One of the most common critiques of bitcoin is that it is old technology. It’s the “boomer coin”; it can’t do smart contracts or whatever weird and wonderful tech jargon or acronym the crypto space comes up with to drive their next round of investment narratives. Those who critique bitcoin solely on a tech play often ask why bitcoin does not have this feature or that feature rather than asking, “should” bitcoin have this feature or that feature?
The rush to compete with bitcoin has seen other blockchains drive features that aren’t compatible with an immutable base layer and provide more headaches than it solves.
When you’re building new protocols and feature sets on bitcoin, it’s important to consider the constraints of the base chain and to work around it, and find ways to complete the existing system. These limitations can feel like a restriction to many developers, which is why they’ve chosen to work on other systems where rules can be changed with enough money, motivation or political pressure and the protocol is far more malleable, making it easier for developers to create products and services.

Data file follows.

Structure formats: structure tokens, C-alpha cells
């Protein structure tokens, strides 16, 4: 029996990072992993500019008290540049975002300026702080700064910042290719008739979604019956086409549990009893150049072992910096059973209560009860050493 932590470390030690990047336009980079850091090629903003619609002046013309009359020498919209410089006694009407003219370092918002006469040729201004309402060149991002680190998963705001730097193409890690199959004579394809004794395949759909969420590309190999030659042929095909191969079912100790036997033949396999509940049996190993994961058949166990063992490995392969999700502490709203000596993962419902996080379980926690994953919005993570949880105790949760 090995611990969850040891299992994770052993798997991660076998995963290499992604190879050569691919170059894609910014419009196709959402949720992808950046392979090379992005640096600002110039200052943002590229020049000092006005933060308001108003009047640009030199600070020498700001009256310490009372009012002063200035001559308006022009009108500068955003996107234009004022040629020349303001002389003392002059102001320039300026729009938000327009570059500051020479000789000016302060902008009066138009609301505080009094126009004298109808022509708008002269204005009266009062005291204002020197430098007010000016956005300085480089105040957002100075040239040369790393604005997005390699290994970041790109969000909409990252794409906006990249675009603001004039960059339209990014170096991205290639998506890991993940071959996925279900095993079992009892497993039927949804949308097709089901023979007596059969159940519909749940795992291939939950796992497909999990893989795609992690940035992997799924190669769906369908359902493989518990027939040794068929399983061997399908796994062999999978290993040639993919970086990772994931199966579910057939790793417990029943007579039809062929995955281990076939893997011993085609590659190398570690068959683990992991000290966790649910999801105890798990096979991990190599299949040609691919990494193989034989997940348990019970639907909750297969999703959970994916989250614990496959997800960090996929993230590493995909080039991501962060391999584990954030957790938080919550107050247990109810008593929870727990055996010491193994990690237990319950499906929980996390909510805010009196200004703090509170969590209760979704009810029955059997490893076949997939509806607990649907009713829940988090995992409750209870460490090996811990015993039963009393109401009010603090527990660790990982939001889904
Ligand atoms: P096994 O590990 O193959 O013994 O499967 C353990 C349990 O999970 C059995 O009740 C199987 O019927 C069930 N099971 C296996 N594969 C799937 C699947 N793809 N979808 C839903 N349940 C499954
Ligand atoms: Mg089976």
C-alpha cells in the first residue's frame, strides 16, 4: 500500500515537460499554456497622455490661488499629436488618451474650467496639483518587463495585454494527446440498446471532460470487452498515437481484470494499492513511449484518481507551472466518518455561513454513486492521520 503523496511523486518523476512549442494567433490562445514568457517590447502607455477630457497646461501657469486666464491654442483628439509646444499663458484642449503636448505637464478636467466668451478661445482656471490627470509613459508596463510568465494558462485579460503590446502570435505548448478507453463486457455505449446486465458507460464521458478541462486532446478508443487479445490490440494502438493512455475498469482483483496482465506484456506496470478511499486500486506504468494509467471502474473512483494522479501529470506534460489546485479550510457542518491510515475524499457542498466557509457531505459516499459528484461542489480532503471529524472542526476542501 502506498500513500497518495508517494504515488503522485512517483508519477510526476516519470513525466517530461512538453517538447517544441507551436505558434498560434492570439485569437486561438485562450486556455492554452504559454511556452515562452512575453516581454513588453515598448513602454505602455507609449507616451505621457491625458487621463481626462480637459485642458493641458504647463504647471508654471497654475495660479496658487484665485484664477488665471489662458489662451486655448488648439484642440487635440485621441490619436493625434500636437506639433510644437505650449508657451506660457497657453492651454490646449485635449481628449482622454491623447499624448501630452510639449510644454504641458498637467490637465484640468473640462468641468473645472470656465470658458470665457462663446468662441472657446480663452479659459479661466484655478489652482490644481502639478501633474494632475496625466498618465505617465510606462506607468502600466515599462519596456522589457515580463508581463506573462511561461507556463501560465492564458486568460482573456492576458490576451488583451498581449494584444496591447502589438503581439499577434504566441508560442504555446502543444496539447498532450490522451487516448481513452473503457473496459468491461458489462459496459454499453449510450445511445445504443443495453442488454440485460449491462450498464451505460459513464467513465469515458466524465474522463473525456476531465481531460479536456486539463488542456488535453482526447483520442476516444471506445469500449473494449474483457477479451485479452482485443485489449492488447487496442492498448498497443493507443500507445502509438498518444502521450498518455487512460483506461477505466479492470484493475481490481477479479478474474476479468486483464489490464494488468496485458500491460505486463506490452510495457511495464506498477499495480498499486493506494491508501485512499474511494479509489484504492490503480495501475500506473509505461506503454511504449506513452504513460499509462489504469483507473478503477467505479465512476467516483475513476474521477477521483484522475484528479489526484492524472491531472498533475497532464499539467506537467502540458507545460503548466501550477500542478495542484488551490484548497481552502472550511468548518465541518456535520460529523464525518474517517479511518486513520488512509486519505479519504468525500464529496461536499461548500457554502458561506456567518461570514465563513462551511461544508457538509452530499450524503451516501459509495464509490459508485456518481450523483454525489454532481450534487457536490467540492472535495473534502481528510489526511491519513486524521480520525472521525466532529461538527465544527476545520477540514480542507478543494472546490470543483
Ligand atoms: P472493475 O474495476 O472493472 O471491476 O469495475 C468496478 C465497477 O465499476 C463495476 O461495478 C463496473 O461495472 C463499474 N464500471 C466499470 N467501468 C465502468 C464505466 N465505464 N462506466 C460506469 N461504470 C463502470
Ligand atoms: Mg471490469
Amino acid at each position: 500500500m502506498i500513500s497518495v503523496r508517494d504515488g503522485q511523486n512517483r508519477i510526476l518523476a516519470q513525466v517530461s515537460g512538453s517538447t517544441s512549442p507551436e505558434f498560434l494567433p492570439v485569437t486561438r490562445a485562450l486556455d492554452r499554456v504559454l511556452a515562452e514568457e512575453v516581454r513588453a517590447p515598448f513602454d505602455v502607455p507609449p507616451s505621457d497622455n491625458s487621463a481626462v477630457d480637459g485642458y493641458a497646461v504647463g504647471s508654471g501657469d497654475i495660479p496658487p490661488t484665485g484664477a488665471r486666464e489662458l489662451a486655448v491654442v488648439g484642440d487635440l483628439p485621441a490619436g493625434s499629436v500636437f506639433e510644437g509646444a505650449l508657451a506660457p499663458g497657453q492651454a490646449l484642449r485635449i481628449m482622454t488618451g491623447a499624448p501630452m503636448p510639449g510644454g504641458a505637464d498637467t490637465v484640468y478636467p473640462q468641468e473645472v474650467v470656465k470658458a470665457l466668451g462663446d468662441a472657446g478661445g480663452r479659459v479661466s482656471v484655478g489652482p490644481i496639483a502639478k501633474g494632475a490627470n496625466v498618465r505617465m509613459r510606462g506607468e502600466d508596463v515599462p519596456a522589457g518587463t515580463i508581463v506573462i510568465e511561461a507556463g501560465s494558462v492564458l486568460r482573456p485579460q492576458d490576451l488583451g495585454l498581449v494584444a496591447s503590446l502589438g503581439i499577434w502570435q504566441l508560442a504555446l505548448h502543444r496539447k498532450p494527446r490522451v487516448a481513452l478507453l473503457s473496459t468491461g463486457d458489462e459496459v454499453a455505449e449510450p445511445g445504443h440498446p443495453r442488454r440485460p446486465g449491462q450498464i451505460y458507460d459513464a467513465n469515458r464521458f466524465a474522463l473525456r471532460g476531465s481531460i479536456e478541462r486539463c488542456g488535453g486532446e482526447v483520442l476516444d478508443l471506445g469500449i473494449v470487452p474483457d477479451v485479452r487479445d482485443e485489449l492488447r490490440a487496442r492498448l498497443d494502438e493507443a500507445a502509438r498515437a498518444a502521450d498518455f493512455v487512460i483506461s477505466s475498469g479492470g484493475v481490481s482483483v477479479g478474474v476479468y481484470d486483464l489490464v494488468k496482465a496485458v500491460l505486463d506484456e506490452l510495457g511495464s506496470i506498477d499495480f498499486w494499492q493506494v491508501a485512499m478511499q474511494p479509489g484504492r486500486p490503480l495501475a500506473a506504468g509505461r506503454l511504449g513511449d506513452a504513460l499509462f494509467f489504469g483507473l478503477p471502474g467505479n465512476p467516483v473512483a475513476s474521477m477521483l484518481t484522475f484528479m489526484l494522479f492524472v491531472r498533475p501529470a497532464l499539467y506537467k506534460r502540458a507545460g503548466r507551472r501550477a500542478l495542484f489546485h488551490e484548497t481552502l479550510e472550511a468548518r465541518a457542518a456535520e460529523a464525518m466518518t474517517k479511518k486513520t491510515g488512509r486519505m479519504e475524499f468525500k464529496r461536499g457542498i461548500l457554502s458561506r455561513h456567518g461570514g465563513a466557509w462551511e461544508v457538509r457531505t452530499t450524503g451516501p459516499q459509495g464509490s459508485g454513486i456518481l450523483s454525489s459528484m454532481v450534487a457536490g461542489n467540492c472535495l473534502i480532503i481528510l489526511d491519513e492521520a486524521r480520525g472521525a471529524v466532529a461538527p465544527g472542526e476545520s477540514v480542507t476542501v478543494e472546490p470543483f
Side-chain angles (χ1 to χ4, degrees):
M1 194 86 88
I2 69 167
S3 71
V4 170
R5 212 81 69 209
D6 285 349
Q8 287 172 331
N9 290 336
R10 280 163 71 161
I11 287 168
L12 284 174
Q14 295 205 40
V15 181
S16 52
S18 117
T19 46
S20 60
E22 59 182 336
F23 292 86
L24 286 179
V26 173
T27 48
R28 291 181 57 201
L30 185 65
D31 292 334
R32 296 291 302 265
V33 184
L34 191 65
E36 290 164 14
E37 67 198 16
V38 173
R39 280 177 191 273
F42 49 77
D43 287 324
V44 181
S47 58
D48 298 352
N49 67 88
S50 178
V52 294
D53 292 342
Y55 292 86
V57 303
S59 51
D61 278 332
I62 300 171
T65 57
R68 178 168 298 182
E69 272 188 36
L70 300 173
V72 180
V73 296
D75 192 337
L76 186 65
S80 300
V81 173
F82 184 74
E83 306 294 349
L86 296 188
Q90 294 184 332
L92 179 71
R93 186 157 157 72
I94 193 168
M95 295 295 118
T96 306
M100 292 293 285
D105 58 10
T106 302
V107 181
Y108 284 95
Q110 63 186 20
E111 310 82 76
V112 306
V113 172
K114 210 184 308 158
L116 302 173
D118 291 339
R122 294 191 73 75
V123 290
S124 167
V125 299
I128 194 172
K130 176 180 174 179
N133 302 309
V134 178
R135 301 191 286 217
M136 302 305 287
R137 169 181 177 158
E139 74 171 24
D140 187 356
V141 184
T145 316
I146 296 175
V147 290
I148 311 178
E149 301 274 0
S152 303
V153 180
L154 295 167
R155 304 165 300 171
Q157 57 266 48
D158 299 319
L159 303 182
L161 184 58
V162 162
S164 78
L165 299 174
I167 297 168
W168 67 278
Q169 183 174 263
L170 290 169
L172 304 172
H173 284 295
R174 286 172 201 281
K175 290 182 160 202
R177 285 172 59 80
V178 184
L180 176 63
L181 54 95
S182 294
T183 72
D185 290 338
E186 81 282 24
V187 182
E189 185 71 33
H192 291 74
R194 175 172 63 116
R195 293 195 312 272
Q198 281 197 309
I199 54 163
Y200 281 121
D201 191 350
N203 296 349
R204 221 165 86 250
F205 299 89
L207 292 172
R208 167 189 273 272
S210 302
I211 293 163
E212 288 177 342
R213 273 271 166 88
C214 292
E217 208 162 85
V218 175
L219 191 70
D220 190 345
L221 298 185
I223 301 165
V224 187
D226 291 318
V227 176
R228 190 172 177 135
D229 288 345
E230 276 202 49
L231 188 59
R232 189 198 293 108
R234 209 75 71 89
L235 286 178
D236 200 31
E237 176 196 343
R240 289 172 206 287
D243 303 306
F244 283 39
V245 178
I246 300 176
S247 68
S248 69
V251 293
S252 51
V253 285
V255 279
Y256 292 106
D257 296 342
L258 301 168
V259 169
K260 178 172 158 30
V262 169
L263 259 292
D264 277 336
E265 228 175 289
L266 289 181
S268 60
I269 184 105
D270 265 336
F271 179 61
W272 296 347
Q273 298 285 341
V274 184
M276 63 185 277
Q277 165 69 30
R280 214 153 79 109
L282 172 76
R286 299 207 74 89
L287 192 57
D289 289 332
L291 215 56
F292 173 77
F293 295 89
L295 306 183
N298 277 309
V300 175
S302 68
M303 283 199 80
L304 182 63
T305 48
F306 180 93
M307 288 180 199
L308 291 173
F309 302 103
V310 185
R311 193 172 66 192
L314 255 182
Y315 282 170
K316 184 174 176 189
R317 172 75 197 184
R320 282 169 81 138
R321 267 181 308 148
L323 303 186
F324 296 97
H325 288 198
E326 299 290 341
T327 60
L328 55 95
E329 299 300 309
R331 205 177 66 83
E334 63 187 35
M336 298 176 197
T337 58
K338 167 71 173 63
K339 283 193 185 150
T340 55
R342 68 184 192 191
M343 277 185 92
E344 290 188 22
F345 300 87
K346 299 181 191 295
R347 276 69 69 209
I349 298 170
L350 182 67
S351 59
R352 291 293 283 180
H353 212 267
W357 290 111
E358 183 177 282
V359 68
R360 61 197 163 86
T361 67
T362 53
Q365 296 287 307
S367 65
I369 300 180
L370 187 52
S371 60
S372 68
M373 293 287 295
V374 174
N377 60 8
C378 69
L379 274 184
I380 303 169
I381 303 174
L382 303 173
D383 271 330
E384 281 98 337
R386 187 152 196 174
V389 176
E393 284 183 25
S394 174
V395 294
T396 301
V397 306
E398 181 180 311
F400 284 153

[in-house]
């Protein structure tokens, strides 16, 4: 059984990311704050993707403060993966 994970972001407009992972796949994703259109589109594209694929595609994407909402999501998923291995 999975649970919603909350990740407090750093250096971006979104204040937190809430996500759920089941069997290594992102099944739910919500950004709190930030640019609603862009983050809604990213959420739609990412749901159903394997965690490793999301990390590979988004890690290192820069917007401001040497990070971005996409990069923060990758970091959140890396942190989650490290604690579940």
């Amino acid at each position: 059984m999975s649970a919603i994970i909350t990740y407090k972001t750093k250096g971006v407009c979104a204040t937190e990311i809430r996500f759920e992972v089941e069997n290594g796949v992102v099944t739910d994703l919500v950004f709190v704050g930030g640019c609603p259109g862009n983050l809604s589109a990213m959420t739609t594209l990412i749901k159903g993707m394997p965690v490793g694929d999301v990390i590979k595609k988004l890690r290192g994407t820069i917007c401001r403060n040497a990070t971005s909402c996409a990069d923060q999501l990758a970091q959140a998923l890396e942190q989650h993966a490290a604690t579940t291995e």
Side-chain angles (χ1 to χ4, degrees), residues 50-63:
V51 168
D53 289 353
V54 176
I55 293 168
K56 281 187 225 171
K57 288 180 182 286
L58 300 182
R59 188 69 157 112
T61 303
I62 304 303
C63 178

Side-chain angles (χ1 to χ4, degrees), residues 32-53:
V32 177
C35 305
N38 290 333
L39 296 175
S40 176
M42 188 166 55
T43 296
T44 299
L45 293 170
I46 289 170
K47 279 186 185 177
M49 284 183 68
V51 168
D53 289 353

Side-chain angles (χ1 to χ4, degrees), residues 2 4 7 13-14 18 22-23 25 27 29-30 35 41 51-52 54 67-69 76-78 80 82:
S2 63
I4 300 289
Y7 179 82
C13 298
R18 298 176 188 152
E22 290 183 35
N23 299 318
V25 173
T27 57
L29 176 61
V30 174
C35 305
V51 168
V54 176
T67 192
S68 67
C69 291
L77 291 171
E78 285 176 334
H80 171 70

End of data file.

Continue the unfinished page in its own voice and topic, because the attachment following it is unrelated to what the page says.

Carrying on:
What they gain in speed of deployment they lose in having these products tethered to a reliable network and a sound money standard.
The layer cake
Instead of trying to force every idea onto the bitcoin base layer, bitcoin scales in layers. We’ve already seen the launch of second-layer solutions like Liquid and Lightning that offer unique environments with their different trade-offs and cater to certain use cases and audiences. They will not be the first nor the last.